Narrative of the Life of Frederick Douglass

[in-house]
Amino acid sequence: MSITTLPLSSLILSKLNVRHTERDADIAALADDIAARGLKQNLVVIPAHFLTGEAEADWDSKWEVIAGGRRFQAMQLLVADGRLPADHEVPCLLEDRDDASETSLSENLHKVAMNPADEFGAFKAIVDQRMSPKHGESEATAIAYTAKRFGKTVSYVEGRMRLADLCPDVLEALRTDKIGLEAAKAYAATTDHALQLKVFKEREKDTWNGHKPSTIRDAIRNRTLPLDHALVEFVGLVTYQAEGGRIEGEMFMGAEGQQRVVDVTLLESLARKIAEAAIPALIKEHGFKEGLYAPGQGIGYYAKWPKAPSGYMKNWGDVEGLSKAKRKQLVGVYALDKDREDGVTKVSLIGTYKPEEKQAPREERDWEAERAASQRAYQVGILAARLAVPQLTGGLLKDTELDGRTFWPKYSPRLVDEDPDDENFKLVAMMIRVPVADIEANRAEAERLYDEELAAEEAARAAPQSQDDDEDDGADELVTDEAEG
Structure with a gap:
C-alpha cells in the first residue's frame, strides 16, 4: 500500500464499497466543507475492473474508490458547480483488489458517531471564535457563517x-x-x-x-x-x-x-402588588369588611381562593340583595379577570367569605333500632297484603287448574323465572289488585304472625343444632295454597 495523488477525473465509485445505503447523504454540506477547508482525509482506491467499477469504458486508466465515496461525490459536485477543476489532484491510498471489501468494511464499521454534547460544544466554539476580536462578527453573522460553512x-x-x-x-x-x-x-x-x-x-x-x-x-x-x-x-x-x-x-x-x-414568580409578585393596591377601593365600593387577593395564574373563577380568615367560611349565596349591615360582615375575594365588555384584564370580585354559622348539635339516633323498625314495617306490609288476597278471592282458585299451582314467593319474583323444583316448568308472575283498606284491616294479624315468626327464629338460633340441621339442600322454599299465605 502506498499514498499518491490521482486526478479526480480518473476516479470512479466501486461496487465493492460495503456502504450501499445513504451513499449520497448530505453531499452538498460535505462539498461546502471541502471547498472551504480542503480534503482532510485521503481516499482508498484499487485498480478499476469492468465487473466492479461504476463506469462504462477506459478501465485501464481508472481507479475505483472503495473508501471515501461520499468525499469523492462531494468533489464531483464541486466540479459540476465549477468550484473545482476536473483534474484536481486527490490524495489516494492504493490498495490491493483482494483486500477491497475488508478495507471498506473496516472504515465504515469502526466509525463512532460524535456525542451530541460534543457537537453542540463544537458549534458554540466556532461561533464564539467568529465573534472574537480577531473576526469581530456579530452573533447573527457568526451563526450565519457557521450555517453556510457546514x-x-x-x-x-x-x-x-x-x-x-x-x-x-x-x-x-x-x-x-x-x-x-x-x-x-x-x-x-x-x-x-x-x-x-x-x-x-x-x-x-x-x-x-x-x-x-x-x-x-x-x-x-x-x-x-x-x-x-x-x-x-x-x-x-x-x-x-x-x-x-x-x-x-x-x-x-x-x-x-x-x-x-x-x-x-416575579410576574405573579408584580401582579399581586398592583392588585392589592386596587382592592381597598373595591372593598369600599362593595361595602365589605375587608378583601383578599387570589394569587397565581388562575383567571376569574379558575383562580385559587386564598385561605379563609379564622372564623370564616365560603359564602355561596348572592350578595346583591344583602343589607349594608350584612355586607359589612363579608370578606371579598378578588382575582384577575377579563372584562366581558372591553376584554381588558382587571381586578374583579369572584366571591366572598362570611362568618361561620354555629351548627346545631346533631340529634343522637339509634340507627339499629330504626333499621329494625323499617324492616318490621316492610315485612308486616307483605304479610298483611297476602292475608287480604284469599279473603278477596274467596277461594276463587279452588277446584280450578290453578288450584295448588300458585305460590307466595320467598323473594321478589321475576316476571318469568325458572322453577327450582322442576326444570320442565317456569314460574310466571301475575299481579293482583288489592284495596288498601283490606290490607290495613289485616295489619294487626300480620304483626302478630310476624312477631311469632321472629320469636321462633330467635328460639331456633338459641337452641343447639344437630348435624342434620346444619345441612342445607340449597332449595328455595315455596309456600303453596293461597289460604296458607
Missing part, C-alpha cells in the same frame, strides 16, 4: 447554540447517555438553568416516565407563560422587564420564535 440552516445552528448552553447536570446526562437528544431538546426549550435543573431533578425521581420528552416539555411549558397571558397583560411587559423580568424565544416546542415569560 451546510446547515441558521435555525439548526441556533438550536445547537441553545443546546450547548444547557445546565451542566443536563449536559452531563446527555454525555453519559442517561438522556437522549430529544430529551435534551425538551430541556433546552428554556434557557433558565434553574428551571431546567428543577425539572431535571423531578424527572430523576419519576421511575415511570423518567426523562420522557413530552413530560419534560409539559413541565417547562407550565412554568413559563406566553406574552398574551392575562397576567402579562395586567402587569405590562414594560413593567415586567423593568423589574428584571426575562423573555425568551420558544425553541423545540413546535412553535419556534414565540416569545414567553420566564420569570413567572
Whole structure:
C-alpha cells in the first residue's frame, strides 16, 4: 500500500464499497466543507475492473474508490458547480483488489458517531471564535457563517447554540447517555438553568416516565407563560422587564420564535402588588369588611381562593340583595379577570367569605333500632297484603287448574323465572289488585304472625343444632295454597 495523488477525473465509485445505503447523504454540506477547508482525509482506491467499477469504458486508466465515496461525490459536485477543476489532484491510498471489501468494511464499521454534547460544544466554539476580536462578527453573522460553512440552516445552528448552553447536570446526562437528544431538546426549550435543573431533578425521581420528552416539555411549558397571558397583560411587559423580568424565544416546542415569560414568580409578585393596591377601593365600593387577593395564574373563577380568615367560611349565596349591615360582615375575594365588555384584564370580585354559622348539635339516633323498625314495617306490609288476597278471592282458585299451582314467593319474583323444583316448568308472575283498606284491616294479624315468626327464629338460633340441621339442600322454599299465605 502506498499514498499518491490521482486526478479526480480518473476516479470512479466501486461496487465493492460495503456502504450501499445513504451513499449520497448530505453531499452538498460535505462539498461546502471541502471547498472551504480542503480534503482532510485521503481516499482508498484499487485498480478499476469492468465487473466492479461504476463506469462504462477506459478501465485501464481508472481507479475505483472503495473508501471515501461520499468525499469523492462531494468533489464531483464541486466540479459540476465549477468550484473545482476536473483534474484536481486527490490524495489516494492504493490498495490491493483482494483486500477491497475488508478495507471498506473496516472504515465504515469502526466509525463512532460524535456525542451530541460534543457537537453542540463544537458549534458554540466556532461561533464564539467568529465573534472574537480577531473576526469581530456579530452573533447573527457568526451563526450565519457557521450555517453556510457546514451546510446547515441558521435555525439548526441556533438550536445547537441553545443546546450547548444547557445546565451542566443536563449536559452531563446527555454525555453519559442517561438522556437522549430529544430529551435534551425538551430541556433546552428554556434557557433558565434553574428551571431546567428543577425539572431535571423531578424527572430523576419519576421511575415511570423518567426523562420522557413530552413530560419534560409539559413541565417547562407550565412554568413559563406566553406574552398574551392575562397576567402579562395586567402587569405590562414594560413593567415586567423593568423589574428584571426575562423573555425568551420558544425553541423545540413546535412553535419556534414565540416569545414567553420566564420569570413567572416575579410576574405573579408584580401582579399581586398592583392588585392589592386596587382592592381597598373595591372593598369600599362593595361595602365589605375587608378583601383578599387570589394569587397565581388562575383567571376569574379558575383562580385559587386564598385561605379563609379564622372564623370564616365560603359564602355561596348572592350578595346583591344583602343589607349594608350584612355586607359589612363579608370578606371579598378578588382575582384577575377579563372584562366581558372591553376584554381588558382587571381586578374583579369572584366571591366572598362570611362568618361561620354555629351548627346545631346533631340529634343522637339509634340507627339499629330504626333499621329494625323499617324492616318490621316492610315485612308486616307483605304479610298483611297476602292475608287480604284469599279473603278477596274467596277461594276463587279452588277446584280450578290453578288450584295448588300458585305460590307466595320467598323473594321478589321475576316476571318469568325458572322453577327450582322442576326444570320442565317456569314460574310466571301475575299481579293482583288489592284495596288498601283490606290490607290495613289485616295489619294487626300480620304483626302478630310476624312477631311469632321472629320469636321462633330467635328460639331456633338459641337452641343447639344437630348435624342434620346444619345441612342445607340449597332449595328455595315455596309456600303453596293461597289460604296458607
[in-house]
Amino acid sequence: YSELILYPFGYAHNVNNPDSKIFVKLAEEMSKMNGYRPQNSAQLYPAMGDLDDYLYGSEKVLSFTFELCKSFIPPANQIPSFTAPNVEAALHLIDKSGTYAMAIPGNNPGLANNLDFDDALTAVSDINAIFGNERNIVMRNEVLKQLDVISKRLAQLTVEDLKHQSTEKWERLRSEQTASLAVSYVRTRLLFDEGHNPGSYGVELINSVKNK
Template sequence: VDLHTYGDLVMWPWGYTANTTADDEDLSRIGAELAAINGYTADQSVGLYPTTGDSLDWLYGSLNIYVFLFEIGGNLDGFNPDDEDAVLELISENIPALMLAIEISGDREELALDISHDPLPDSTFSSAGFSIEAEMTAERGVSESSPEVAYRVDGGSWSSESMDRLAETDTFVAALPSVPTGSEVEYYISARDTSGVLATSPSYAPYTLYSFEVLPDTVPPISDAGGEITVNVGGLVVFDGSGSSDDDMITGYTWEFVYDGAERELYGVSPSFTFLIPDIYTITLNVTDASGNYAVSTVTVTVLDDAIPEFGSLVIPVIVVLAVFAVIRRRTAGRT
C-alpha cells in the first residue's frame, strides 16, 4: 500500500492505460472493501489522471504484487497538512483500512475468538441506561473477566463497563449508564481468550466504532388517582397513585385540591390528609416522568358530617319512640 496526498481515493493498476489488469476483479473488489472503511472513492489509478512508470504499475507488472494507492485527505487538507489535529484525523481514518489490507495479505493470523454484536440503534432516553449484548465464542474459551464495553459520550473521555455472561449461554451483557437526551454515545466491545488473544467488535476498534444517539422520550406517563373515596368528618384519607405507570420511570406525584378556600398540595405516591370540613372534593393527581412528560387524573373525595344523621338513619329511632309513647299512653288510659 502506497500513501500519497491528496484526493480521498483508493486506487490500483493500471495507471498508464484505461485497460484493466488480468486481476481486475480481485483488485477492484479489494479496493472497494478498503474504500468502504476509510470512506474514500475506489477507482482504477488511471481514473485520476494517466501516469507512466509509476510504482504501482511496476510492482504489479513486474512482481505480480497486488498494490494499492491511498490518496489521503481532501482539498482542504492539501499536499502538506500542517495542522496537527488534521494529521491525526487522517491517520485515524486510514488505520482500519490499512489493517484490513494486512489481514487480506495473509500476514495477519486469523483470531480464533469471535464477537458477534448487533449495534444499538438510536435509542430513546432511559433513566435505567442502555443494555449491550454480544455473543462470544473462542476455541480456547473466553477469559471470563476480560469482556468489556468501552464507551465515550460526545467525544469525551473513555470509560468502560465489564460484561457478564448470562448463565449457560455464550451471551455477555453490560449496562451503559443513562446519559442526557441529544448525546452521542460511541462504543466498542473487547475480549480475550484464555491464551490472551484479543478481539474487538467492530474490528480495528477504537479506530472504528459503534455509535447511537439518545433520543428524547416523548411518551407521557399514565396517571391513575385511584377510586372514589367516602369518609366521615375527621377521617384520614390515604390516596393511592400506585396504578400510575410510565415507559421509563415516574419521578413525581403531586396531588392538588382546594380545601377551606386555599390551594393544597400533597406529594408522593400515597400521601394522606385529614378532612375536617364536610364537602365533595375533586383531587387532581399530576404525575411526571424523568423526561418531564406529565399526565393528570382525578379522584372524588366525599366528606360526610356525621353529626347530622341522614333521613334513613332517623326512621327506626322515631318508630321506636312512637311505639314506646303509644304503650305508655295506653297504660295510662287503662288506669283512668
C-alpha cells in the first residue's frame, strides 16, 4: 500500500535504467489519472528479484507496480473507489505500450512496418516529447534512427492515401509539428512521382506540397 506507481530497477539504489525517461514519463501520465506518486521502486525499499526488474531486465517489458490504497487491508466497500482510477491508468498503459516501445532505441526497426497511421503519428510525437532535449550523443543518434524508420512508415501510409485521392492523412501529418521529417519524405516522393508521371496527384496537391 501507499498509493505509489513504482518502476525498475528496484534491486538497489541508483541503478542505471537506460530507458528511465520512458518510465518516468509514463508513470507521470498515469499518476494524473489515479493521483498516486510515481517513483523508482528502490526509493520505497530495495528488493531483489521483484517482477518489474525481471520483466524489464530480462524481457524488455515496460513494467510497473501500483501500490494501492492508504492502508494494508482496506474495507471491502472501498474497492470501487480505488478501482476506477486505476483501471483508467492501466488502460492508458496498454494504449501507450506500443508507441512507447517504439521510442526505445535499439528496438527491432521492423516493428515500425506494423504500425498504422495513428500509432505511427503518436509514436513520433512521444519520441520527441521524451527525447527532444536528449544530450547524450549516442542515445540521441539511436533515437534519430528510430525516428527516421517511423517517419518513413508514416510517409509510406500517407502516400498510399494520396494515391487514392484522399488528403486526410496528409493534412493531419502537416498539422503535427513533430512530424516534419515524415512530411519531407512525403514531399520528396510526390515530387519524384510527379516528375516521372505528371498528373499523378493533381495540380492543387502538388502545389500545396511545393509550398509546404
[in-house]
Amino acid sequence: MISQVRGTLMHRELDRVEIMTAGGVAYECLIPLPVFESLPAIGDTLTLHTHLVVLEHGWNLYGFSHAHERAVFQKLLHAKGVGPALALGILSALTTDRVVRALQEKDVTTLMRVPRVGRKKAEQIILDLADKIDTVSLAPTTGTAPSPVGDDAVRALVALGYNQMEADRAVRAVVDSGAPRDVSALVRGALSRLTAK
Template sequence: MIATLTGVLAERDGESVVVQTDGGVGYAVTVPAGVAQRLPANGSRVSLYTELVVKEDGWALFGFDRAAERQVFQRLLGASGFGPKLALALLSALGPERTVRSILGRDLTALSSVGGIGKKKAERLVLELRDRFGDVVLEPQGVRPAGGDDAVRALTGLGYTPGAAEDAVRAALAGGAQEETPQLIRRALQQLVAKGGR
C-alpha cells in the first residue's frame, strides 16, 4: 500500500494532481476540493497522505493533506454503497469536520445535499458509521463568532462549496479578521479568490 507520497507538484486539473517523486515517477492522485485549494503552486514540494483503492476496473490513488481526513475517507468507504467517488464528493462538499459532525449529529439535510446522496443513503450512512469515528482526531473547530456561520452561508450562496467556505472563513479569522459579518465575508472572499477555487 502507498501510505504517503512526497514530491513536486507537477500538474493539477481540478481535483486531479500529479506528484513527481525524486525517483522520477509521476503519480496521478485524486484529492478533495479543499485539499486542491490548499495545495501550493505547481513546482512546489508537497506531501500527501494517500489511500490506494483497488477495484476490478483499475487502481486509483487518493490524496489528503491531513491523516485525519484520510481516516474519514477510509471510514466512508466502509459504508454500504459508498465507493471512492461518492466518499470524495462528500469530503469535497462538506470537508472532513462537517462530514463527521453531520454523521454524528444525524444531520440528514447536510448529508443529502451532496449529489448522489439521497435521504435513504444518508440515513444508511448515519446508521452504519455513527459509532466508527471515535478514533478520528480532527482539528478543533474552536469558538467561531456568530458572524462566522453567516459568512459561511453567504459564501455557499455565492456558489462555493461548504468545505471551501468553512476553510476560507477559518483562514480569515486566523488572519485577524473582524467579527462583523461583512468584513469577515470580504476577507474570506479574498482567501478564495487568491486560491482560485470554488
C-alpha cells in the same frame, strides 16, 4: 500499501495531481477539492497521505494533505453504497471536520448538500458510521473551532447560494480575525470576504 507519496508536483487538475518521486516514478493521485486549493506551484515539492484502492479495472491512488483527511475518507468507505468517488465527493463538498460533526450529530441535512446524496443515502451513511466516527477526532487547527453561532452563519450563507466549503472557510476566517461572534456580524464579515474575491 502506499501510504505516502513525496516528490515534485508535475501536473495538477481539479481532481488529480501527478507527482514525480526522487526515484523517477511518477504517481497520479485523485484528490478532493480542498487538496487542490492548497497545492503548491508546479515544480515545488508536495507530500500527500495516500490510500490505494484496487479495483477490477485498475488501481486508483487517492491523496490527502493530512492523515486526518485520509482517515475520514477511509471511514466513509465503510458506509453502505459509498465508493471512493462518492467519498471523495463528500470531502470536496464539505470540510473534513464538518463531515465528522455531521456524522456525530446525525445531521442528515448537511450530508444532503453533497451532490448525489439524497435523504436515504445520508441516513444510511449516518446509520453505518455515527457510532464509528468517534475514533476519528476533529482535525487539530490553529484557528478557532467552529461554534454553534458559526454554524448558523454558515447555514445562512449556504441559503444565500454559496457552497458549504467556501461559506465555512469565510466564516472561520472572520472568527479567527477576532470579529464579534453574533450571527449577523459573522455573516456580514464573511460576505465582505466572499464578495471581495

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Narrative of the Life of Frederick Douglass Narrative of the Life of Frederick Douglass, depicts a vivid reality of the hardships endured by the African American culture in the period of slavery. One of the many things shown in Frederick's narrative is how slaves, in their own personal way, resisted their masters authority. Another is how slaves were able to create their own autonomous culture within the brutal system in which they were bound. There are many examples in the narrative where Frederick tries to show the resistance of the slaves. The resistors did not go unpunished though, they were punished to the severity of death. Fredrick tells of these instances with a startling sense of casualness, which seems rather odd when comprehending the content of them. He does this though, not out of desensitization, but to show that these were very commonplace things that happened all over the South at the time. One example that Frederick mentioned in the subject of resistance of the slaves against the masters is when he was under the charge of Mr. Gore. A slave by the name of Demby was getting whipped for a mistake he made. After Demby received but a few stripes he ran and jumped into a creek to the depth of his shoulders and refused to come out. This took great bravery considering Mr. Gore had a famous reputation for being nasty to slaves. Demby was given to the count of three to get out of the creek or he was to be shot, knowing the consequences Demby still refused to get out. He was then shot in the face by Mr. Gore with a musket. Demby truly resisted his master at the greatest cost he could have paid, his life. Another example given by Frederick in his narrative of how slaves were able to ... ... middle of paper ... ...laves to be drunk during this time; in fact, they often got angry if they weren't drunk. Frederick feels that the master tries to make the slaves sick of freedom during this holiday time, by showing them only the abuse of it rather than the good. There was also a mention of a couple of "classes" among the black slaves. Slaves, from the viewpoint of Frederick, I feel, had a sort of "slave-class". The richer your master was the higher class you were, the poorer your master was the lower class you were. "To be a poor man's slave was a disgrace indeed!", was what Frederick mentioned of the issue. As you can see Frederick Douglass provided many glimpses into the world of slavery in his narrative. He showed many different examples of how slaves were able to resist their masters and create their own autonomous culture within the brutal system of slavery.
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